Language and information

Lecture 1. A formal theory of syntax

1.1. Problems and methods

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This is a question of method. To consider a structure of language, people usually assume the existence of meanings and of words. A scientist coming to the matter from the outside usually expects to find regularities out of the sequential relation among the words, because that is the data that is given, sequences of words. However, these attempts have not yielded regularities. People who work habitually with language—linguists, if you wish—do have ways of describing language. They do it primarily by what is called grammatical relations. The grammatical relations by and large are adequate to describe language, to some approximation (we'll discuss this later on). However, they have certain difficulties.

One is that there are few if any grammatical relations that are universal, and common to all languages. These are questions like subjects and objects, or predicates, and things of that sort. Another is that—the situation actually is that, in each language, one is able to find something which one can call grammatical relations, but it isn't as though there were some fixed thing that runs across the whole of the system of language.

There are other difficulties. One of them is that grammatical relations are unique to language, that is, there is nothing else that has it. This makes it impossible to compare languages with anything else, not even with systems which in one way or another are close to language, presumably, like gestures on one hand, and mathematics on the other. Furthermore, the things that underlie grammatical relations—the meanings, the concept of meaning in general, what are the meaning ranges of individual words, and what are the definitions of words—all of them present extremely great difficulties. They are very hard to formulate, and therefore, they do not suffice to be the primitive elements of a general structure or theory.

We therefore go back to the beginning, to the initial question: how can one consider—how can one investigate the structure of language? Now, in general, when one wants to investigate a field, one discusses the field, analyzes it, in the metalanguage of the field. This is clear in mathematics and in logic, where the precise structure of the material in mathematics and logic makes it possible to recognize that the statements made about the field are not in the field. They do not have the structure of the things that are said in the field.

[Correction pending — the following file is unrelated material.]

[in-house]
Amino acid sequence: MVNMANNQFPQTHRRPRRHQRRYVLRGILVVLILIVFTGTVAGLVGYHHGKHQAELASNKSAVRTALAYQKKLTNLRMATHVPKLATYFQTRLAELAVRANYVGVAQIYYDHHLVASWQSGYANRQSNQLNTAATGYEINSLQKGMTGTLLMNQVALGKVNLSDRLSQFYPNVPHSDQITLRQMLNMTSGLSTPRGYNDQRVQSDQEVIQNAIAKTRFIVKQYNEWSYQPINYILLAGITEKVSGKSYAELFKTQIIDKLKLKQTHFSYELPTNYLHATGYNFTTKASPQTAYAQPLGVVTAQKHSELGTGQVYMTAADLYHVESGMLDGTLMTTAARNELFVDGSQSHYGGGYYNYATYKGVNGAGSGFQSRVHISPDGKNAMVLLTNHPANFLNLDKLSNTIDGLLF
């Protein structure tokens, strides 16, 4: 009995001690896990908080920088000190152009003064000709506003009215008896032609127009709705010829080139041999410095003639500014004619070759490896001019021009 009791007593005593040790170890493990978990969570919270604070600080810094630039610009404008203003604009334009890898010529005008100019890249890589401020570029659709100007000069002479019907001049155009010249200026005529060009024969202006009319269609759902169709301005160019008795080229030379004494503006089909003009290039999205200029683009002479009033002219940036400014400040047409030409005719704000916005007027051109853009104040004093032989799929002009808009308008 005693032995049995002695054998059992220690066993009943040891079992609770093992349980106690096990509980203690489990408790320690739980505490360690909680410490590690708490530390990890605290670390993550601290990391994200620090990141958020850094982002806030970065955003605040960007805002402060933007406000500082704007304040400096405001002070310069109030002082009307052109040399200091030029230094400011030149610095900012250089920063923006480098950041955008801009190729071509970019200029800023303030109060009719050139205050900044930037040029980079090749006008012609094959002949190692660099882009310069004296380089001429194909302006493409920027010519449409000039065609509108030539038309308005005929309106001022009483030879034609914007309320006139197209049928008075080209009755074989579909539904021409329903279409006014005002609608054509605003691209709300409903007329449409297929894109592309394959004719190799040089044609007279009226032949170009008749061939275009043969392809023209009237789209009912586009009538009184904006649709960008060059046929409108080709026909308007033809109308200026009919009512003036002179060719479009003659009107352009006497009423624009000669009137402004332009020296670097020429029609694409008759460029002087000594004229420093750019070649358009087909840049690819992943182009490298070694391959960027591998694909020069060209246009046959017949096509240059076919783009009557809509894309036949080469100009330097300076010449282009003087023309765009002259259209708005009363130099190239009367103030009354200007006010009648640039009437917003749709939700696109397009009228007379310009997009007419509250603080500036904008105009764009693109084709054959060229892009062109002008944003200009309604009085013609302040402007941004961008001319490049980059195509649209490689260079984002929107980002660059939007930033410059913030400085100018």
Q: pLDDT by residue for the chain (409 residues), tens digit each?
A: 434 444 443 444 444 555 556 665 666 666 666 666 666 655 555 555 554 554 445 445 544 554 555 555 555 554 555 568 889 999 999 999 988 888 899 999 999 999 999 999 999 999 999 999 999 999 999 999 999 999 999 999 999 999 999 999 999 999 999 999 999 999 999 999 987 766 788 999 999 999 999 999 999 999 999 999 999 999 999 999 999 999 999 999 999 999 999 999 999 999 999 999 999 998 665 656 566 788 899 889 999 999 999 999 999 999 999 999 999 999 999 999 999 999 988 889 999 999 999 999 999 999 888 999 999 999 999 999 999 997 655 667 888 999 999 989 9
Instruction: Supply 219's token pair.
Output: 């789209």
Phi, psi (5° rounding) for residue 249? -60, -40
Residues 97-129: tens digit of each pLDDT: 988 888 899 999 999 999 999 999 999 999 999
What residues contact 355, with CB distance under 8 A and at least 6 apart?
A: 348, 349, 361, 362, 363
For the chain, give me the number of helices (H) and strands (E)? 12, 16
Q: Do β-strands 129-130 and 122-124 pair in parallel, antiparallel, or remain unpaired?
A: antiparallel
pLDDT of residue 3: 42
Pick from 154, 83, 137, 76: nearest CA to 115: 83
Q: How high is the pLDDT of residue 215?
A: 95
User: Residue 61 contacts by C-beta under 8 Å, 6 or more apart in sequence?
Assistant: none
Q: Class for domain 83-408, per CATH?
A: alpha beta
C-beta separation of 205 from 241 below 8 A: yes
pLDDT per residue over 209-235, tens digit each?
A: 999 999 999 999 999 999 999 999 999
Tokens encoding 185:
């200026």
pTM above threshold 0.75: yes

English has no external metalanguage. Mathematics and logic are described in English, in a subset of sentences of English. Language has no external metalanguage, because any language in which one could describe has to have already at its disposal words and sentences, the very things that we would be trying to describe. So there is no external metalanguage that is available for use in analyzing language. You can only analyze it with language again.

In the absence of an external metalanguage, what one can do is to rely on the non-randomness of the material, the fact that not all combinations of the entities, whatever the entities may be, are found. In fact, this is the case in all languages as far as we know—no one, certainly not I, has surveyed all languages—but in languages as far as we know not all combinations of the entities—letters, phonemes, words ...—occur. There are certain combinations that are not in the language. They are not part of the language, nobody can do anything with them, they are not recognized as in the language. Now, if we want to use this, and to find out what are the combinations which are in the language, combinations of whatever, and what combinations are not in the language, and try to find from that the regularities which would characterize language, we must have a rather precise statement of what are the elements, the entities. This is crucial, because, it isn't as though we know certain things about a language, you can know them precisely, and to judge the entities, the elements, by dividing them up into parts and so forth, we don't know what the thing that we are studying really is. Therefore, we have to be rather sure of the elements that we are working with, because all that we are going to be doing is making combinations of the elements, or rather, inspecting which combinations of elements constitute language and which combinations do not. The elements have to be precise.

I want now to sketch, very briefly, what we know that is precise about the most elementary elements, the bottom elements that we have to work with.